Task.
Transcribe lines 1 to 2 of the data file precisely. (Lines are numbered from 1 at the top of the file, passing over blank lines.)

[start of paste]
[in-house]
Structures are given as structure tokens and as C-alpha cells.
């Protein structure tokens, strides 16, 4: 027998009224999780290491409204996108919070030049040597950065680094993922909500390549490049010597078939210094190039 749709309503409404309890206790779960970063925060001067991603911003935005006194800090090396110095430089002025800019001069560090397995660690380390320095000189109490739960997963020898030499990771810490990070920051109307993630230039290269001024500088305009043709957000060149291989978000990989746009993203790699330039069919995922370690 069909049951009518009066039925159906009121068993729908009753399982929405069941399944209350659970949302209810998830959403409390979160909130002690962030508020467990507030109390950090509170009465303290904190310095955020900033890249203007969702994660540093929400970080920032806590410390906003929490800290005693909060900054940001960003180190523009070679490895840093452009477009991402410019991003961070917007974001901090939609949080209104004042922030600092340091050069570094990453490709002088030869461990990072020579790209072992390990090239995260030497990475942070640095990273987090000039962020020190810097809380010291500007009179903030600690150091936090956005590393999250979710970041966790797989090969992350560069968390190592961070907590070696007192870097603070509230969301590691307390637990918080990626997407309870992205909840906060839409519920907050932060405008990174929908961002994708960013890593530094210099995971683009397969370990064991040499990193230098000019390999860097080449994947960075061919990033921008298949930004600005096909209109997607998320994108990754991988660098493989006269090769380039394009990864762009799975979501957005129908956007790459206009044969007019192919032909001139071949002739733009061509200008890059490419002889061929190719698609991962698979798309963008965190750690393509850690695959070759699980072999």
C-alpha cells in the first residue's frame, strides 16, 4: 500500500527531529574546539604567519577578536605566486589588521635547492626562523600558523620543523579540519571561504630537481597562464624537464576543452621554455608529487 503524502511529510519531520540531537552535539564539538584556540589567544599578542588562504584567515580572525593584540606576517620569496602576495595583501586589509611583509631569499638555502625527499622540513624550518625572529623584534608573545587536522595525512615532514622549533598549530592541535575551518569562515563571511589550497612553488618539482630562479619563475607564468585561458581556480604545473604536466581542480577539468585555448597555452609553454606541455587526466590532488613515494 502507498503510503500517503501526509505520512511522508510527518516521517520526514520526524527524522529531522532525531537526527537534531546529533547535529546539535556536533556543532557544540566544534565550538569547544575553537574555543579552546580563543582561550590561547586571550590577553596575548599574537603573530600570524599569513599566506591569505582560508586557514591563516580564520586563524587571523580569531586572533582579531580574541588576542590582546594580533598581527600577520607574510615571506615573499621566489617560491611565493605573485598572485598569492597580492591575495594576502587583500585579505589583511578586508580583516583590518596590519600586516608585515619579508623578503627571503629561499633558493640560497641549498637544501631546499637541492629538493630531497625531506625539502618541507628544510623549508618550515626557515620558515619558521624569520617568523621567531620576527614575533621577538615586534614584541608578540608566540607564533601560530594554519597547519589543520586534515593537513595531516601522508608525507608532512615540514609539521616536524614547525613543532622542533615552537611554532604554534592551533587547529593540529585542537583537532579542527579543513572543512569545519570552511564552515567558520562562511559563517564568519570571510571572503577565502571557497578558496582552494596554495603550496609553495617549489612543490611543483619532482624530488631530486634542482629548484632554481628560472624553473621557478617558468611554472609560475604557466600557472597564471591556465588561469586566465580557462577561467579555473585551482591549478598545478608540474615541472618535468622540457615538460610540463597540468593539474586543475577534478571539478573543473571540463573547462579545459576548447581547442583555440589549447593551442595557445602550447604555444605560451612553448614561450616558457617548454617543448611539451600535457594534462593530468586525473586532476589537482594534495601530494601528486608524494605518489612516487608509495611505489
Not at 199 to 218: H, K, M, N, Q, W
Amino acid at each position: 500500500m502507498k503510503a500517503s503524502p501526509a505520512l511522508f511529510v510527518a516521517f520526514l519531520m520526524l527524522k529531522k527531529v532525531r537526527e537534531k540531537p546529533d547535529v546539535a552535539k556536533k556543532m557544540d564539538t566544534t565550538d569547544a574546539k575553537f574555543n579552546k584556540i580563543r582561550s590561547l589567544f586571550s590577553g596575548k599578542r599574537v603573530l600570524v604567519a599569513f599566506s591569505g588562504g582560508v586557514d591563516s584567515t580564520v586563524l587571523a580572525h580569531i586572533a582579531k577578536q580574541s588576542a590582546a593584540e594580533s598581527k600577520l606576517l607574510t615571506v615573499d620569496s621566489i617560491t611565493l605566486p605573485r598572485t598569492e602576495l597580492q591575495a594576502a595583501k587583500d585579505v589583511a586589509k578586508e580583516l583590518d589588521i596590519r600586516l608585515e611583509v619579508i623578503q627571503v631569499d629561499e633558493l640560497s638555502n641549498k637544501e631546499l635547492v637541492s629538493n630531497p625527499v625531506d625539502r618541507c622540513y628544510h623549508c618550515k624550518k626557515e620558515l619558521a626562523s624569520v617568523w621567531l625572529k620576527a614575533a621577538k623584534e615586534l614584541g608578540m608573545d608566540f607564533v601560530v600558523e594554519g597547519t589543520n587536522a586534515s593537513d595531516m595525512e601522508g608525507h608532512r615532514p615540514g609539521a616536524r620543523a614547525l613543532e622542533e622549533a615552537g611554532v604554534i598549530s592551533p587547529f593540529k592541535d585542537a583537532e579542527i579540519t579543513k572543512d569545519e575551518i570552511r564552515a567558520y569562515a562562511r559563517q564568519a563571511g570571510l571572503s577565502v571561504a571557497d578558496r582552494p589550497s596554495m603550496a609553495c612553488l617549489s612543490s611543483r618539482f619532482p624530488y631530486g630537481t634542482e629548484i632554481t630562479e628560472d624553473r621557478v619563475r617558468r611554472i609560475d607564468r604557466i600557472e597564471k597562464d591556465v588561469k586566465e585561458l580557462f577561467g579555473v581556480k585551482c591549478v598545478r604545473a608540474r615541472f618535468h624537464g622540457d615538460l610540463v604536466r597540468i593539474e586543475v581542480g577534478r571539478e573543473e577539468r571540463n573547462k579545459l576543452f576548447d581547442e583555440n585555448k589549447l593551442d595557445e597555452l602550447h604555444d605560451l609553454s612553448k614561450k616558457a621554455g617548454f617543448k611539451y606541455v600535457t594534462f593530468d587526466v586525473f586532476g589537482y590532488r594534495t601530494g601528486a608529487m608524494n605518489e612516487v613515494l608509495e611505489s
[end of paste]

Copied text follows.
[in-house]
Structures are given as structure tokens and as C-alpha cells.